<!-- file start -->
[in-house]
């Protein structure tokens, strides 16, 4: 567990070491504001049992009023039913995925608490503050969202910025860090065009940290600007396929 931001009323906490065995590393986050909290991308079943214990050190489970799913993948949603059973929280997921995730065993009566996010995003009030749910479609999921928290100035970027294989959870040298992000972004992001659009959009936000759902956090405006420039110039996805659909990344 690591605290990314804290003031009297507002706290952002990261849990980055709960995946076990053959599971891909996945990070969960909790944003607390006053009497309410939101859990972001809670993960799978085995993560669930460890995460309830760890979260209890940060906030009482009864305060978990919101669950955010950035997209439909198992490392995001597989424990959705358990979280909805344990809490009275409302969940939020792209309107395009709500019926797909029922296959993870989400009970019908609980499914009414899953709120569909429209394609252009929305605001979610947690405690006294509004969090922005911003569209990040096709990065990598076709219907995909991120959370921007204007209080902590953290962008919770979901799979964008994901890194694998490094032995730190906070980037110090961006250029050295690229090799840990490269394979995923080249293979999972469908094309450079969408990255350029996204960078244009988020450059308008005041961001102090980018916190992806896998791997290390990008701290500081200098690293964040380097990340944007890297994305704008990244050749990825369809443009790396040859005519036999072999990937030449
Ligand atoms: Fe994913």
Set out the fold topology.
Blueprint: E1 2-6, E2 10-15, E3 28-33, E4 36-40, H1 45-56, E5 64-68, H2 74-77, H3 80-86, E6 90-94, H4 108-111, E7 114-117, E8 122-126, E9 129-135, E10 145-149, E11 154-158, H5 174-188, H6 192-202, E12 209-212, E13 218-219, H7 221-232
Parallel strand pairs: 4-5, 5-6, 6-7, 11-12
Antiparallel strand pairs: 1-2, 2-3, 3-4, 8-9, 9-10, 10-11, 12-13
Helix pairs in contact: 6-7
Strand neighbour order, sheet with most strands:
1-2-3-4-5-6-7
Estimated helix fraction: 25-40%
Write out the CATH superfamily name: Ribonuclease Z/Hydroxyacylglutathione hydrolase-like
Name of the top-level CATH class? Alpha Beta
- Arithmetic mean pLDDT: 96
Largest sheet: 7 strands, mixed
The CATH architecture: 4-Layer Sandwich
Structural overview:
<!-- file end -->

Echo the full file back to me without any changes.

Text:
[in-house]
């Protein structure tokens, strides 16, 4: 567990070491504001049992009023039913995925608490503050969202910025860090065009940290600007396929 931001009323906490065995590393986050909290991308079943214990050190489970799913993948949603059973929280997921995730065993009566996010995003009030749910479609999921928290100035970027294989959870040298992000972004992001659009959009936000759902956090405006420039110039996805659909990344 690591605290990314804290003031009297507002706290952002990261849990980055709960995946076990053959599971891909996945990070969960909790944003607390006053009497309410939101859990972001809670993960799978085995993560669930460890995460309830760890979260209890940060906030009482009864305060978990919101669950955010950035997209439909198992490392995001597989424990959705358990979280909805344990809490009275409302969940939020792209309107395009709500019926797909029922296959993870989400009970019908609980499914009414899953709120569909429209394609252009929305605001979610947690405690006294509004969090922005911003569209990040096709990065990598076709219907995909991120959370921007204007209080902590953290962008919770979901799979964008994901890194694998490094032995730190906070980037110090961006250029050295690229090799840990490269394979995923080249293979999972469908094309450079969408990255350029996204960078244009988020450059308008005041961001102090980018916190992806896998791997290390990008701290500081200098690293964040380097990340944007890297994305704008990244050749990825369809443009790396040859005519036999072999990937030449
Ligand atoms: Fe994913």
Set out the fold topology.
Blueprint: E1 2-6, E2 10-15, E3 28-33, E4 36-40, H1 45-56, E5 64-68, H2 74-77, H3 80-86, E6 90-94, H4 108-111, E7 114-117, E8 122-126, E9 129-135, E10 145-149, E11 154-158, H5 174-188, H6 192-202, E12 209-212, E13 218-219, H7 221-232
Parallel strand pairs: 4-5, 5-6, 6-7, 11-12
Antiparallel strand pairs: 1-2, 2-3, 3-4, 8-9, 9-10, 10-11, 12-13
Helix pairs in contact: 6-7
Strand neighbour order, sheet with most strands:
1-2-3-4-5-6-7
Estimated helix fraction: 25-40%
Write out the CATH superfamily name: Ribonuclease Z/Hydroxyacylglutathione hydrolase-like
Name of the top-level CATH class? Alpha Beta
- Arithmetic mean pLDDT: 96
Largest sheet: 7 strands, mixed
The CATH architecture: 4-Layer Sandwich
Structural overview: